In my teaching, writing and manual therapy, I try to help people experience how bodily wholeness contributes to the health of mind and spirit as well as body. Two recent encounters have reminded me that “wholeness” is relative, and that no matter how integrated, coordinated, aligned and aware our bodies become, the health of the human spirit is vaster and more mysterious than mere physical perfection. My friend George has been in the online dating game for a long time. He’s 60, a generous spirit who can’t seem to get the right lady to see it. Recently there was a hopeful email, a pretty face and appreciation of his humor. And then, in email #2, she told him she had only one leg. In the past she had revealed this in her online profile, but had received so many snarky remarks from unconscious men that lately she’d left it off. So she was telling him now. They made a date, but George was worrying: was he making this play in order to prove himself a big man? “George,” I said, “just the fact that you’d question yourself about that suggests it’s a minor part of your motive. What you said you admired about this woman counts for way more.”
We all embody shadows. We are all amputees.
And we are all voiceless and deaf
My conversation with George links to a documentary I want to recommend to readers. Called “A New Kind of Listening,” it’s the story of an extraordinary theater group. Under the guidance of a professional director, a group of non-pros met weekly for a year, co-creating an intimate portrait of shared experiences and communal transformation. They asked themselves, “What is it to be seen by another person? What is it to communicate if you are unable to speak?”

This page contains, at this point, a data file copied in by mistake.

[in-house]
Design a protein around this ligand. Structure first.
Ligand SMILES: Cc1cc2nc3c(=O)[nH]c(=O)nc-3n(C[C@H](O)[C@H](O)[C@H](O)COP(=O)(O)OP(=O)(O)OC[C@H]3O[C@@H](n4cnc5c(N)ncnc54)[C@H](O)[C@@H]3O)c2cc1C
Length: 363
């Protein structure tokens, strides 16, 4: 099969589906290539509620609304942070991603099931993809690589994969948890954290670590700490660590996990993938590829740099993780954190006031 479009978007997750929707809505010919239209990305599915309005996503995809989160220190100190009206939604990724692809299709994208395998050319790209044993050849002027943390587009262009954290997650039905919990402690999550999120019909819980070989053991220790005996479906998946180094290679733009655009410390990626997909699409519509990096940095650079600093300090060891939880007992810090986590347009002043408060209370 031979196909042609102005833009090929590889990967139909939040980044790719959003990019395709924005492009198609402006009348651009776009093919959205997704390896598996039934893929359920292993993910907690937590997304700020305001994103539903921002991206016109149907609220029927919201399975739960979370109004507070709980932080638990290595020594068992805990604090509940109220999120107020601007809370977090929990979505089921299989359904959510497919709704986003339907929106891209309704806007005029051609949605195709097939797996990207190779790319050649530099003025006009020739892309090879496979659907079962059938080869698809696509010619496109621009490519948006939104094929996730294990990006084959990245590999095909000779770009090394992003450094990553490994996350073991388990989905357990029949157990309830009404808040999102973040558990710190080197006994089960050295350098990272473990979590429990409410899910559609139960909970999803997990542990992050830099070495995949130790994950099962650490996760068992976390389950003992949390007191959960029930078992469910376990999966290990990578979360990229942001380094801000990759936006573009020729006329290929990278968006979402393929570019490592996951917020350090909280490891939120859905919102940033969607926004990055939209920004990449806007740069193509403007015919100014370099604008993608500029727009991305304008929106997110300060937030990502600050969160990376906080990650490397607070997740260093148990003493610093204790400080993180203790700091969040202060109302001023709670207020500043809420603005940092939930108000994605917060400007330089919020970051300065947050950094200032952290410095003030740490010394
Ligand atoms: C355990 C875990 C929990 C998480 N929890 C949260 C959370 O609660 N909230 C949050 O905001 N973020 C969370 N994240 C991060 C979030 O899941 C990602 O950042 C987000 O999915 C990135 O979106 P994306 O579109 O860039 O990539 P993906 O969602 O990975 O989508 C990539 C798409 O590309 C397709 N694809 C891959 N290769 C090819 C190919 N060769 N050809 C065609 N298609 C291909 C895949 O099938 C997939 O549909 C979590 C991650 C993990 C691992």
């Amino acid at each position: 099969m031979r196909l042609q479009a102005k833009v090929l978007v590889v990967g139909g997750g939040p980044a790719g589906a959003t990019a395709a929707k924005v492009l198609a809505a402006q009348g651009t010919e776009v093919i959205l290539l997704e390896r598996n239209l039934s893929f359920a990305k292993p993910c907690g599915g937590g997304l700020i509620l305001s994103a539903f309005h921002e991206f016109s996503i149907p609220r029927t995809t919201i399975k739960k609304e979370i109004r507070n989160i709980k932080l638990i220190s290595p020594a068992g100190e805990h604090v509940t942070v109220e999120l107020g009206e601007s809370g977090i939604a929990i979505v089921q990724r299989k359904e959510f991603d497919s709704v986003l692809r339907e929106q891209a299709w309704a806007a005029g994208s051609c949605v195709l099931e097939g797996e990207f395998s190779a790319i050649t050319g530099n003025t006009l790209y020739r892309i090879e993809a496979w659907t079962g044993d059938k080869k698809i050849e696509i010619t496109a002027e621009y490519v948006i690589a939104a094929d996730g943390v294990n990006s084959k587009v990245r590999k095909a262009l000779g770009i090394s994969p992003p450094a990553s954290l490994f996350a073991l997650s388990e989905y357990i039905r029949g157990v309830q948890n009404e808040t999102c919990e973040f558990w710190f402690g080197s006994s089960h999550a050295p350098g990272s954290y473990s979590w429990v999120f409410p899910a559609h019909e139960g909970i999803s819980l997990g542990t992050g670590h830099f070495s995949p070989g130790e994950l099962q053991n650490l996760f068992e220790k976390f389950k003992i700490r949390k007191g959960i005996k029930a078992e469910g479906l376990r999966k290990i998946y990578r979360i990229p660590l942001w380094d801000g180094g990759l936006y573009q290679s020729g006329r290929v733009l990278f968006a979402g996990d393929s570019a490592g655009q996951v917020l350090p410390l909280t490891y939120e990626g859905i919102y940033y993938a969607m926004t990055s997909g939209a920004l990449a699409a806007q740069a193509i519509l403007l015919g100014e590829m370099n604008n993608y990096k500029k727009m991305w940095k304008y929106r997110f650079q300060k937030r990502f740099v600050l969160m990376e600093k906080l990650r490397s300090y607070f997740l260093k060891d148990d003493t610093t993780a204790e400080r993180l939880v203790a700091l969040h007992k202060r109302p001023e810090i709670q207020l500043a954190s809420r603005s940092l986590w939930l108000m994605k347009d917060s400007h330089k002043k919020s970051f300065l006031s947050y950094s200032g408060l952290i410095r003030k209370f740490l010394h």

Several participants, people with significant physical disabilities, were, in fact, unable to speak. Through poetry, dance and music, the group explored the meaning of the word “inclusion,” stripping away its connotation of hierarchies with respect to the human experience. The courage and vulnerability of all the participants is inspirational.
The documentary weaves in the story of Christian, a young man with cerebral palsy who has never been able to speak. Through interaction with these open and patient kindred souls and through supported typing and a voice-output communication device, Chris eventually became co-director of the production, helping to make artistic decisions. Unable to speak, he nonetheless understood language. And he had always been a highly intelligent being locked away in a body that could not do what he wanted.
In the context of this group Chris can communicate his monumental frustration. “I need my own voice, damn it!” Chris tells them through the communication device. “You make assumptions about me,” he writes. “The affect on me is damn frightening!”
The Healing of Our World
Later on he adds, “healing of our world is what I hope to offer.” Our world, he says, our—to Chris, the concept of inclusion is irrelevant. Disability is irrelevant. He is, damn it. And this group was blessed to have partaken of Chris’s healing presence first hand.
The voiceless young man who teaches others to find authentic voices, and the amputee woman who volunteers to help amputee veterans of Iraq and Afghanistan: such spirits transcend the quest for embodied wholeness. They remind us that we can be present in who we are, however we are.